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Measurement with VNA- Role of IF Bandwidth Settings - RF Cafe Forums

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Amateur Radio | Antennas | Circuits & Components | Systems | Test & Measurement

 Post subject: Measurement with VNA- role of IF Bandwidth settings
Posted: Wed Aug 26, 2009 7:49 am 
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Joined: Wed Aug 16, 2006 8:20 am
Posts: 28
Location: India
I was characterizing a amplifier chain consisting of three amplifiers each with a gain of 40 dBa nd inpula nd output return loss better than 14 dB. When I measure the two ports S-parameters for each amplifier individyually I get the results as simulated (simulations done using S-parameter files of the amplifier).
However when I cascade them I get to see that although my S21 is same as simulated, the return loss S11 and S22 and reverse isolation S12 are do not agree with the simulated results. In fact both the return loss S11 and S22 are positive (in dB scale)
The IF bandwidth settings of the VNA is 70 KHz. When I reduce the IF bandwidth settings of the VNA to 7 KHz and repeat the measurements I see that the readings improve. On further reduction of IF bandwidth the readings improve further.
I was unable to understand the reason for sucha behavior. If anyone has encountered such situations or has any suggestions then please help.

you can find the plots here ... directlink


Ashish Bondia,
Design Engineer- RF

 Post subject: Re: Measurement with VNA- role of IF Bandwidth settings
Posted: Fri Aug 28, 2009 9:26 pm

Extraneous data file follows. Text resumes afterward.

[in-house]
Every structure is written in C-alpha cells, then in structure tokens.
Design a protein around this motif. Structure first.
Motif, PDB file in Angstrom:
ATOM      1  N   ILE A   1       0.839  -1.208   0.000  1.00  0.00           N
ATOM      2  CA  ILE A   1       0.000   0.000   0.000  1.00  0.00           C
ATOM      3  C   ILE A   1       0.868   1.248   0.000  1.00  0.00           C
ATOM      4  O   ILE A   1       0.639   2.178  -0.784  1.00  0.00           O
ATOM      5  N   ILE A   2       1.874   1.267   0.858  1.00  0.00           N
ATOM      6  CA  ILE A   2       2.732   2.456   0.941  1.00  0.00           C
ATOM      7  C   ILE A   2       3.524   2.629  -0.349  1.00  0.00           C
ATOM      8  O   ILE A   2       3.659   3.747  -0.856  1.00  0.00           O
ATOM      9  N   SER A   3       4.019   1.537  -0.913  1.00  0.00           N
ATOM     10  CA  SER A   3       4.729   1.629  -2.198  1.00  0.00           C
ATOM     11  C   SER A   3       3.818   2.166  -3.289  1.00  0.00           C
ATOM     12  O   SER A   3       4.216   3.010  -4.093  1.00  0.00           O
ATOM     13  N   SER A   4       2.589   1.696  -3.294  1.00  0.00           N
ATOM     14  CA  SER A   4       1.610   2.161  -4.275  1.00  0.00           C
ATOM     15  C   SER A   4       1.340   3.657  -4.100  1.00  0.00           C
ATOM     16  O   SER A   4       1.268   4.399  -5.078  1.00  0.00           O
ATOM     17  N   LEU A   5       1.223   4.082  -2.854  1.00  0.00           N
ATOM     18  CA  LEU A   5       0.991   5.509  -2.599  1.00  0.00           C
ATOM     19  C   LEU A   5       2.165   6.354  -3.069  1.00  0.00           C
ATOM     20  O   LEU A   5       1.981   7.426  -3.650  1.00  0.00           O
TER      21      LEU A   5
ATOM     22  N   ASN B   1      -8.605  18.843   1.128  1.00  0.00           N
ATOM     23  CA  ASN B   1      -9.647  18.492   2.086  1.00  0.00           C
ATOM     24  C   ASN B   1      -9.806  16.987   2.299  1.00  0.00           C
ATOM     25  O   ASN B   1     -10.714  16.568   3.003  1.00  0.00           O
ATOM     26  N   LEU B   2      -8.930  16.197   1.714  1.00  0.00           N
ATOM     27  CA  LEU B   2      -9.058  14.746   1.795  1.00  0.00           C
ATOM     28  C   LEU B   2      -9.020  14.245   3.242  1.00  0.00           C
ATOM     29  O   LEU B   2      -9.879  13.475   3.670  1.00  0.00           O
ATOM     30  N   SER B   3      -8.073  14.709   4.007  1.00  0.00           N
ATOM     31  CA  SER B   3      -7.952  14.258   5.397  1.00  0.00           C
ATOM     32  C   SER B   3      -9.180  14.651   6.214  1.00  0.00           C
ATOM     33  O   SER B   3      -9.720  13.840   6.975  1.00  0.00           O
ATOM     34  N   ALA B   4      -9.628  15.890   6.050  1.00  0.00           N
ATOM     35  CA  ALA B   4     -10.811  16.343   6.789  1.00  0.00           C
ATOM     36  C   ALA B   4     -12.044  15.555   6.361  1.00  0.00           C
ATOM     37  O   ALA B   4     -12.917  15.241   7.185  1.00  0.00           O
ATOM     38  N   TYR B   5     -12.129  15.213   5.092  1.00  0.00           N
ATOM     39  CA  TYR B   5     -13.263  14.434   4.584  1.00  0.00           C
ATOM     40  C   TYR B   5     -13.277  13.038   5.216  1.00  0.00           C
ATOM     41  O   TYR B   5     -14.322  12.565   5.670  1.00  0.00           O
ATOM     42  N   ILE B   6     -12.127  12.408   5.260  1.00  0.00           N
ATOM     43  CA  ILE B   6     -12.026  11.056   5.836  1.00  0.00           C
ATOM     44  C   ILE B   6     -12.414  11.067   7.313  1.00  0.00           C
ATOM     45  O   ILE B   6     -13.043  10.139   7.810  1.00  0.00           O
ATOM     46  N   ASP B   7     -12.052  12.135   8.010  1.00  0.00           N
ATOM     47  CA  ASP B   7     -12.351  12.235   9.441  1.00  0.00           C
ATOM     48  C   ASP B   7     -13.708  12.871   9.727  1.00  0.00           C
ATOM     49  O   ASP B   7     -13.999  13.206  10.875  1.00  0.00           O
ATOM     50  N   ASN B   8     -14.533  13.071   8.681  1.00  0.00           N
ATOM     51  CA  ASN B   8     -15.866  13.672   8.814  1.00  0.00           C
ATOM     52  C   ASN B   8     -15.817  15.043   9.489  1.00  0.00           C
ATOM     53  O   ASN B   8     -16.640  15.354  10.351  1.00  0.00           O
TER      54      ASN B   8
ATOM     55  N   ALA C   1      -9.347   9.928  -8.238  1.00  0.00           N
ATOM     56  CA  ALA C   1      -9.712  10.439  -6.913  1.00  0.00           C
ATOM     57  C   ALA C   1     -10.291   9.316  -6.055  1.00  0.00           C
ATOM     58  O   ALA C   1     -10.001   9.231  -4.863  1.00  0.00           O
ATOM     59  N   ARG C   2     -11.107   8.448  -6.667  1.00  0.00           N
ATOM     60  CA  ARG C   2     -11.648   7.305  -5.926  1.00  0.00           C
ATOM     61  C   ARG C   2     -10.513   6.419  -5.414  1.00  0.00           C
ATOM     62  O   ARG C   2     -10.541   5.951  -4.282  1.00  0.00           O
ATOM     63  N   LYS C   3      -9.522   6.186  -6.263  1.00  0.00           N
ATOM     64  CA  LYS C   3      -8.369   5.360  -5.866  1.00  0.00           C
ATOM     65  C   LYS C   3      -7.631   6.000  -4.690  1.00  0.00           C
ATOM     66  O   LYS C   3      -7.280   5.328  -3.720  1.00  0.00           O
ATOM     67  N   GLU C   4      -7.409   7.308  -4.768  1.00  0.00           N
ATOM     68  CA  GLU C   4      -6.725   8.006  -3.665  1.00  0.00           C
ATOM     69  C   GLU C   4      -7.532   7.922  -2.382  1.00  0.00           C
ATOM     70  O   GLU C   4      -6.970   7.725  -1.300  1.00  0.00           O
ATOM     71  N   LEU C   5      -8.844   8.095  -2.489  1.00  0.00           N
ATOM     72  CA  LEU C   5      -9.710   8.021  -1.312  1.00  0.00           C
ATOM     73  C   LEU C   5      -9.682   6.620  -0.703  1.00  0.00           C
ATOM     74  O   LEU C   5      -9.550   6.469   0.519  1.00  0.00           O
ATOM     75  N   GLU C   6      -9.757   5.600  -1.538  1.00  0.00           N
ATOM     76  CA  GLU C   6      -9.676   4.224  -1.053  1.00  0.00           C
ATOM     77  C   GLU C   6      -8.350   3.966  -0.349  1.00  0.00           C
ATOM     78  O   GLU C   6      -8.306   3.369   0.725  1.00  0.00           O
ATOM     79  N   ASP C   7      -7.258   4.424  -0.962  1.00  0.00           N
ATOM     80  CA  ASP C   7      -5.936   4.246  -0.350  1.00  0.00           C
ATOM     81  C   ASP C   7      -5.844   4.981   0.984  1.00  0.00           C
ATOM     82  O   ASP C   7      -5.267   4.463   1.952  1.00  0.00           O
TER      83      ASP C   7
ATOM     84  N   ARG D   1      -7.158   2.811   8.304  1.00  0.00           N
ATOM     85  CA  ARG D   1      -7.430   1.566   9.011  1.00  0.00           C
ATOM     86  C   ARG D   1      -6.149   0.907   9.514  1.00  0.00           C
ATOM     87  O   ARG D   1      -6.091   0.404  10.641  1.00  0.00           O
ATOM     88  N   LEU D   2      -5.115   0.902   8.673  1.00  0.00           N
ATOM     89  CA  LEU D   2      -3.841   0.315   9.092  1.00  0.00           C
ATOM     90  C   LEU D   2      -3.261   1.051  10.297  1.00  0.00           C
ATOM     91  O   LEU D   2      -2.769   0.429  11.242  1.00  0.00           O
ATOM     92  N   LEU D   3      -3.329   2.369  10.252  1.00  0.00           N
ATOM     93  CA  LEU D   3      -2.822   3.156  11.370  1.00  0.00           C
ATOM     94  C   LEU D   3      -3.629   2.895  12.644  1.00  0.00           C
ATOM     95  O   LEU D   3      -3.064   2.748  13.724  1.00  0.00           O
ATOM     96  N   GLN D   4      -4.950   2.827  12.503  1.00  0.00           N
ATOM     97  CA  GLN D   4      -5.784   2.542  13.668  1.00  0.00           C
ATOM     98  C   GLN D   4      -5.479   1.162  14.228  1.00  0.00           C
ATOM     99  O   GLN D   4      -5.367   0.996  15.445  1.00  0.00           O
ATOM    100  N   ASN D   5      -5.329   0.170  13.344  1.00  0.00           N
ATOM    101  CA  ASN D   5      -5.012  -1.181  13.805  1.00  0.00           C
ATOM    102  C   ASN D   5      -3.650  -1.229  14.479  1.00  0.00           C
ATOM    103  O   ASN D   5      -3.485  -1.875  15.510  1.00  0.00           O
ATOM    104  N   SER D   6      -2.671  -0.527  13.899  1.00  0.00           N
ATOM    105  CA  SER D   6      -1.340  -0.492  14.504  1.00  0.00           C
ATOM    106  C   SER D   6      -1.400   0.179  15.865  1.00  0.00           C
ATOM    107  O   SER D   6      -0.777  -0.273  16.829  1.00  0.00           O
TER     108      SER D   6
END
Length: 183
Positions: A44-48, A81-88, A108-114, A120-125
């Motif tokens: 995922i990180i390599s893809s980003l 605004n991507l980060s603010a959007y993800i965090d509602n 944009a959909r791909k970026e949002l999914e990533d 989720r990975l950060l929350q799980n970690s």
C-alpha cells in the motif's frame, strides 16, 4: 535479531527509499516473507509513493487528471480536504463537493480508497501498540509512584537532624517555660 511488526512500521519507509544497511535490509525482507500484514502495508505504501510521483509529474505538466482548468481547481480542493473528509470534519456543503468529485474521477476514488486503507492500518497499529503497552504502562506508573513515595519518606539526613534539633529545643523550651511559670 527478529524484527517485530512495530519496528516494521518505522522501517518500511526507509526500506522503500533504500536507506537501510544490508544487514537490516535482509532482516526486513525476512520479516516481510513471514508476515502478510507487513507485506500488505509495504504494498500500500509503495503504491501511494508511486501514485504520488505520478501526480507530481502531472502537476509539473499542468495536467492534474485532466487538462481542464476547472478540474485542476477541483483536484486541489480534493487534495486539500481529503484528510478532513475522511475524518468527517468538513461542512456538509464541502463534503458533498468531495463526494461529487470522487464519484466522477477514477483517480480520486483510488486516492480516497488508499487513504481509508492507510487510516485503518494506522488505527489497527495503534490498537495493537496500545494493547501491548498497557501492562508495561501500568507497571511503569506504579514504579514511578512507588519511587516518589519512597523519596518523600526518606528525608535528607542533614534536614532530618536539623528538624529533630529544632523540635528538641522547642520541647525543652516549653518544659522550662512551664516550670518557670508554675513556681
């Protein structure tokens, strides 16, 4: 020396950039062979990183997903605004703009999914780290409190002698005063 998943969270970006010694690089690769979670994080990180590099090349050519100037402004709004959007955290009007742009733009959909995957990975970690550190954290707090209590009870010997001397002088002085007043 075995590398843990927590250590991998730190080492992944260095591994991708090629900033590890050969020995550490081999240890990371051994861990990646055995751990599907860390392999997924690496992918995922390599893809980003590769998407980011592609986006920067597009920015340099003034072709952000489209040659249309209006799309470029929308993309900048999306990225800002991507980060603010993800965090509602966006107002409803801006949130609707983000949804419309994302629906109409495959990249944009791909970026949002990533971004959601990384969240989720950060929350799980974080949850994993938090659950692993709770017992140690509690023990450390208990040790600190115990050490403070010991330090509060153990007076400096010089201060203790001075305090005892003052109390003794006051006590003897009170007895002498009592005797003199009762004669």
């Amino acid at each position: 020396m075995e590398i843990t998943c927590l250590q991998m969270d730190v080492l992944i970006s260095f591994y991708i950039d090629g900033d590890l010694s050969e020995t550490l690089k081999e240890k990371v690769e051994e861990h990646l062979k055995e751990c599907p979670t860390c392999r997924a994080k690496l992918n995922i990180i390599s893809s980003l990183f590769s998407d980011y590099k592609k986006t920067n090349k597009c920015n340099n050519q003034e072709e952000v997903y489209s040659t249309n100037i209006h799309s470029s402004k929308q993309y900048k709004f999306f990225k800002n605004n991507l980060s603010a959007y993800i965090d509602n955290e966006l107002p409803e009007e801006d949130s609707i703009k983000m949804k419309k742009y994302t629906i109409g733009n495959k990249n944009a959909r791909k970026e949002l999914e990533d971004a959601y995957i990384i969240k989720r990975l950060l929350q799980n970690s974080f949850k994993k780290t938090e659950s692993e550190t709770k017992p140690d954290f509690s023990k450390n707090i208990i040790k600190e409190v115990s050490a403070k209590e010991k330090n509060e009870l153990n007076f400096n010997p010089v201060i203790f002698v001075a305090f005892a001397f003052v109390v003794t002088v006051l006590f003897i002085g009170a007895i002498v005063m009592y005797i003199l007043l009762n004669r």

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Joined: Tue Jan 13, 2004 8:42 am
Posts: 10
Hi ashishbondia,

That is very unexpected. Is there any chance that some DC is present on the input ot outpt pins that could be biasing the detectors in the VNA? I've seen really strange things happen from that.

 Post subject: Re: Measurement with VNA- role of IF Bandwidth settings
Posted: Tue Sep 08, 2009 11:54 pm 

Joined: Sat Nov 08, 2008 11:35 pm
Posts: 30
Location: Ramona, CA
Dear ashishbondia,
Let me get this straight, you have 3 amps of 40dB gain each and have trouble measuring when they are cascaded? Well first off that is a LOT of gain. You are most likely oscillating. The narrower BW eliminates some of the radiated power and the wider BW gets more of it giving the higher readings. Look at the Amp combo Input/Outputs with a Spectrum Analyzer to see if I am correct. Again, that is an unusually large amount of gain for any purpose and certainly exceeds their IP points in the 2nd and 3rd stages.
Sunshine Design

Sunshine Design Engineering Services

Posted  11/12/2012

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